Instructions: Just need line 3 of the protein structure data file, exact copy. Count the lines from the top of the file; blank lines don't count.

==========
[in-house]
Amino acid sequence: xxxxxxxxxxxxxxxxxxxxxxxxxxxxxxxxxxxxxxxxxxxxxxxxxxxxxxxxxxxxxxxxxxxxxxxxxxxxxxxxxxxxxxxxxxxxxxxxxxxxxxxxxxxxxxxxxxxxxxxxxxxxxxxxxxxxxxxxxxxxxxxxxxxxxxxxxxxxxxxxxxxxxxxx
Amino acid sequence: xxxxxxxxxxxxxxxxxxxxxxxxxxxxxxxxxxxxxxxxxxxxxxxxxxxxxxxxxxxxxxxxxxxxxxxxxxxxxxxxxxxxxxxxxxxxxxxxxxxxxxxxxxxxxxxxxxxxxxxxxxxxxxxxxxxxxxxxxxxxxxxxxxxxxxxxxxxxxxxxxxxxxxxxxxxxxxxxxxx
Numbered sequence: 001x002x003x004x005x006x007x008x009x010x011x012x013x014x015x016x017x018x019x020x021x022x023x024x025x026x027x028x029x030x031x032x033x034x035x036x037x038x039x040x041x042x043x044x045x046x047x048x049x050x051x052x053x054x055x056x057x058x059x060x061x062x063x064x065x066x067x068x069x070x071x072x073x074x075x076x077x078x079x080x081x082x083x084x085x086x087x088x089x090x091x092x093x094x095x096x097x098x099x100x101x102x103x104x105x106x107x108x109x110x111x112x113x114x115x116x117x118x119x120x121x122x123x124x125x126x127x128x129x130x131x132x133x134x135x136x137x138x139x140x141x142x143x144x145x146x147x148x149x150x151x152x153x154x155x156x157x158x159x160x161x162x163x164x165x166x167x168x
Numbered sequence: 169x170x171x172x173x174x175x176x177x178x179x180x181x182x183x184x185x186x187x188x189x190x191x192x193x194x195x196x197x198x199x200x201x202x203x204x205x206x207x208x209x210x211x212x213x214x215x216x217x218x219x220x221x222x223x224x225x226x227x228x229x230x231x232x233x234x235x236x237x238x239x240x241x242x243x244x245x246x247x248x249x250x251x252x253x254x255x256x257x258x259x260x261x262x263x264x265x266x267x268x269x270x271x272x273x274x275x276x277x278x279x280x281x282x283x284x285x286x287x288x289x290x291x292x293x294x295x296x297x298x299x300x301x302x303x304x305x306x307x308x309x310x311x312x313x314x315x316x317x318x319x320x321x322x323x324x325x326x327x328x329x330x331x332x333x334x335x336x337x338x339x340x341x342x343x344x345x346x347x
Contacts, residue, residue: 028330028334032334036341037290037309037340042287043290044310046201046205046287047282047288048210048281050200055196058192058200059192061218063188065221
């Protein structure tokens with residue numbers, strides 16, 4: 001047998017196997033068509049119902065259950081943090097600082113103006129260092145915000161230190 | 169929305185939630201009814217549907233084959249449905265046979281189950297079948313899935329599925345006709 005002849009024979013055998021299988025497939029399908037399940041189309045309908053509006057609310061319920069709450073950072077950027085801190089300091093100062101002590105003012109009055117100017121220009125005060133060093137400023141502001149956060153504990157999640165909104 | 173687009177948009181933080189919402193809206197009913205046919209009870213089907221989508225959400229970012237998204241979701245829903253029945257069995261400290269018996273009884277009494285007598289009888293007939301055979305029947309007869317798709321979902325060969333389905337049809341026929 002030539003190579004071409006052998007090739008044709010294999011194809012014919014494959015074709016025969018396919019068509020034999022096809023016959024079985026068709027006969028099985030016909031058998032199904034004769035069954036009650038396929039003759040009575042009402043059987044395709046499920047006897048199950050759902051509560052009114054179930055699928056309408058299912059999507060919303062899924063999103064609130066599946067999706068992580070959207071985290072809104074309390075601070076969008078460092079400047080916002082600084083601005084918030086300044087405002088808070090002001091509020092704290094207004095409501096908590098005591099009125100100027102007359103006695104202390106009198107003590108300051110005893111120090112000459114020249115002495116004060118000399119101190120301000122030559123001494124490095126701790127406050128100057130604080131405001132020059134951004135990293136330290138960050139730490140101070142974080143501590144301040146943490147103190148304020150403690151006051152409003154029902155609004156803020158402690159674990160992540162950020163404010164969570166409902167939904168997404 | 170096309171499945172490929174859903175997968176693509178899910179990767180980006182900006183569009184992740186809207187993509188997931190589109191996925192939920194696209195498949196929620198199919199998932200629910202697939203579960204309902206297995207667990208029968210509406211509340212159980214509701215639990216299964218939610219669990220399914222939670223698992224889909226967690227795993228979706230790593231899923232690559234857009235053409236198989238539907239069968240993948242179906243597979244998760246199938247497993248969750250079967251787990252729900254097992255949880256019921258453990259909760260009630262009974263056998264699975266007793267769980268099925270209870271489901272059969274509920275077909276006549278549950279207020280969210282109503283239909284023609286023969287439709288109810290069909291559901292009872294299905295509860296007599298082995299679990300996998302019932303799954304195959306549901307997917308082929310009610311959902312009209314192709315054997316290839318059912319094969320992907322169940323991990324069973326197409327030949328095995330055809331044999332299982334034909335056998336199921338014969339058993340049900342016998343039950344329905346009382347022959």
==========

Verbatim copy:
Amino acid sequence: xxxxxxxxxxxxxxxxxxxxxxxxxxxxxxxxxxxxxxxxxxxxxxxxxxxxxxxxxxxxxxxxxxxxxxxxxxxxxxxxxxxxxxxxxxxxxxxxxxxxxxxxxxxxxxxxxxxxxxxxxxxxxxxxxxxxxxxxxxxxxxxxxxxxxxxxxxxxxxxxxxxxxxxxxxxxxxxxxxx